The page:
Filing for bankruptcy is not an easy decision. Still, sometimes it is the best solution to get rid of your overwhelming debts. There are two types of bankruptcy that discharge debts for individuals: Chapter 7 and Chapter 13 bankruptcy. Most people opt to file for Chapter 7 bankruptcy, and you may prefer it, too. However, you must know its advantages and disadvantages before you make a final decision.
Pros of Chapter 7 bankruptcy
Chapter 7 bankruptcy allows you to eliminate your debts and start anew. The positive features of Chapter 7 bankruptcy are:
· It wipes out most of your debts
When there is no more money left for the creditors after the trustee sells your property, the rest of your debts will disappear. However, you need to keep in mind that Chapter 7 cannot discharge the following debts:
- Child support payments
- Taxes of the last three years
- Student loans
- Trust fund taxes
- Criminal fines
- Debts for paying back taxes
Chapter 7 bankruptcy may eliminate these debts, but there are other ways to do so. For example, a family court can suspend child support and alimony payments. In some cases, Chapter 7 bankruptcy can also discharge student loans if you prove at court that paying them will cause you undue hardship in the future.
· Faster than Chapter 13
Chapter 7 bankruptcy discharges your debts within four to six months after filing for it. In contrast, Chapter 13 bankruptcy can take up to five years to be completed. If you want to get rid of your debts fast, Chapter 7 bankruptcy is the best choice.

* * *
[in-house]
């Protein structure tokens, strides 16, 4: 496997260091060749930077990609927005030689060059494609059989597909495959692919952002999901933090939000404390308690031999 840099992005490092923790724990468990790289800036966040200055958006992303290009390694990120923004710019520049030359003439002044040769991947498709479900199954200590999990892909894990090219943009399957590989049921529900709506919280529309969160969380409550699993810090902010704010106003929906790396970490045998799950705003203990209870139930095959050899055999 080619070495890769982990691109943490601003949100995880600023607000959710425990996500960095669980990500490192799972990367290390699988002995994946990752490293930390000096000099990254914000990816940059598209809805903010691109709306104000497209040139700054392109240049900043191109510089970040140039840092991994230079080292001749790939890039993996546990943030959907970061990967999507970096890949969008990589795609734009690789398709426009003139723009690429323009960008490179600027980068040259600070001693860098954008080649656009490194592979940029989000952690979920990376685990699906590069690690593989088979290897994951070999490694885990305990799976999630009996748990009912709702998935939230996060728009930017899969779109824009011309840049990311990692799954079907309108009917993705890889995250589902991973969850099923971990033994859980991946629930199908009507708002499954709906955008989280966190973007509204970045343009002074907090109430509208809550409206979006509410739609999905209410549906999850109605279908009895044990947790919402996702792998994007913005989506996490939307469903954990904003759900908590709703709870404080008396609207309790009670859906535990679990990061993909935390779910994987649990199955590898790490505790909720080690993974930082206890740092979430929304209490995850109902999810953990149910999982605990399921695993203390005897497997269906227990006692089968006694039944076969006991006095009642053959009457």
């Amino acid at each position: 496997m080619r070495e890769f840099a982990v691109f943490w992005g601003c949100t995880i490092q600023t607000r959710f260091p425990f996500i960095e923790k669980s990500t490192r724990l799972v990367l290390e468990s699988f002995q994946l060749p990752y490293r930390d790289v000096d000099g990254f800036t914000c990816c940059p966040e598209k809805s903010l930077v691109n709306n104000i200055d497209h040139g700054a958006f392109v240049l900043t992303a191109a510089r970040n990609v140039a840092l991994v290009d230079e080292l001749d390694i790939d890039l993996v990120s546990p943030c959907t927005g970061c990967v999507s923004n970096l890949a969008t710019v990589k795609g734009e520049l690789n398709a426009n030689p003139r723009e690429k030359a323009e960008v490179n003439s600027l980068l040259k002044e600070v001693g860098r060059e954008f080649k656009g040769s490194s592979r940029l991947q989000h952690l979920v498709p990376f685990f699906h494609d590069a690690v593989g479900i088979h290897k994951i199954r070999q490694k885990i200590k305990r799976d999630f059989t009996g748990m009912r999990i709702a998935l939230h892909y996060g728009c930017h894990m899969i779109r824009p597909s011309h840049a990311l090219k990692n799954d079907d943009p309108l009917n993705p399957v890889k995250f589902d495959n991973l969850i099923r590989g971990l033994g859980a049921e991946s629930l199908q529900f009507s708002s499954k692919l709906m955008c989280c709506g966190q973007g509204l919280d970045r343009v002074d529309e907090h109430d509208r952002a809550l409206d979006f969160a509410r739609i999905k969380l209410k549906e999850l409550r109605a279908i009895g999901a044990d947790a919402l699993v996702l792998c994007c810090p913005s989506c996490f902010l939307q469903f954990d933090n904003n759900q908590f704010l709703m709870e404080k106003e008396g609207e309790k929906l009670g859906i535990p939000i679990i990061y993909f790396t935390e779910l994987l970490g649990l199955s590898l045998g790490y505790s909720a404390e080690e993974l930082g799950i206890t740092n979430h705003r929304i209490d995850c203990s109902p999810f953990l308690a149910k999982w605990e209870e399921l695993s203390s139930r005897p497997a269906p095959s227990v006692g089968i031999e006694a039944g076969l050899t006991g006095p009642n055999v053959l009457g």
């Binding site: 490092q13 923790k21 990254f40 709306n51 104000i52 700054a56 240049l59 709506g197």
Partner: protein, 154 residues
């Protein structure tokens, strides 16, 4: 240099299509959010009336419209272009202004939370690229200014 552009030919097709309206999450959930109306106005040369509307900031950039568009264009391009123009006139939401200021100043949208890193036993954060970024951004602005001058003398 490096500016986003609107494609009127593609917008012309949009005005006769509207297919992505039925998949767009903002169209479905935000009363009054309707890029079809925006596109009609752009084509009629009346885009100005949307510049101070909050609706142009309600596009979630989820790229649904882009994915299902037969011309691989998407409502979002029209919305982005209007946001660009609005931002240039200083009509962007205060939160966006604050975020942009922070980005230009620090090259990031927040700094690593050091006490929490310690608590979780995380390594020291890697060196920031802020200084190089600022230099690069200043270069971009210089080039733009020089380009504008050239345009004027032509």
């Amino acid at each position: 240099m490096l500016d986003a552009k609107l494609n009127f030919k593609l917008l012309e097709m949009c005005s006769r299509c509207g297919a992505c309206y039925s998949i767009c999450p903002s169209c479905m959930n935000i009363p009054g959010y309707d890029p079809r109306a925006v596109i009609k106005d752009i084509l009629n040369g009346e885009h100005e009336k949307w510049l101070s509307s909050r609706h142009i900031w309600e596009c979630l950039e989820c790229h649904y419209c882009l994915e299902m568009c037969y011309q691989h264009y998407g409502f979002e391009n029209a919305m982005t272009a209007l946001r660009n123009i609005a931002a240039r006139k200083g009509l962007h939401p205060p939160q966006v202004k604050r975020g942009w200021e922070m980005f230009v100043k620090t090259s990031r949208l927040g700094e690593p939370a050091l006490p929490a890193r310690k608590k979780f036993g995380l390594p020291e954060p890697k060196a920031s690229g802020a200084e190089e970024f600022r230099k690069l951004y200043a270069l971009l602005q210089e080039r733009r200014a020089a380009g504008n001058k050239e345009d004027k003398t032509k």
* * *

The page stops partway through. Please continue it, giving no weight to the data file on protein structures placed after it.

· Cheaper than chapter 13
Chapter 7 requires fewer fees than Chapter 13 bankruptcy. In Chapter 7 bankruptcy, you would have to pay $274 for administrative fees. The costs of Chapter 13 are at least $310.
Cons of Chapter 7 bankruptcy
Even if Chapter 7 is favorable in some cases, you must also know that bankruptcy also has its downfalls. The cons for Chapter 7 bankruptcy are:
- You will lose property: You may lose your car and house if they are worth more than the exemption limit in Kentucky. Expensive musical instruments, family heirlooms, stocks, vacations homes, second cars and valuable collections are always sold.
- Not everyone can do it: To be eligible for Chapter 7, you need to pass the Means test. If your monetary resources and income exceed the median income of the state of Kentucky, you may not qualify for Chapter 7 bankruptcy.
- It negatively affects your credit score: Chapter 7 bankruptcy can remain on your credit score for up to 10 years. In Chapter 13 bankruptcy, you need to repay your debts, so it will always look better on a credit score than Chapter 7 bankruptcy.
Bankruptcy as a solution
Even with its negative effects, Chapter 7 is still a solution to relieve you from your debts. You might lose things that are valuable to you, but bankruptcy can eliminate debts that you may not be able to repay.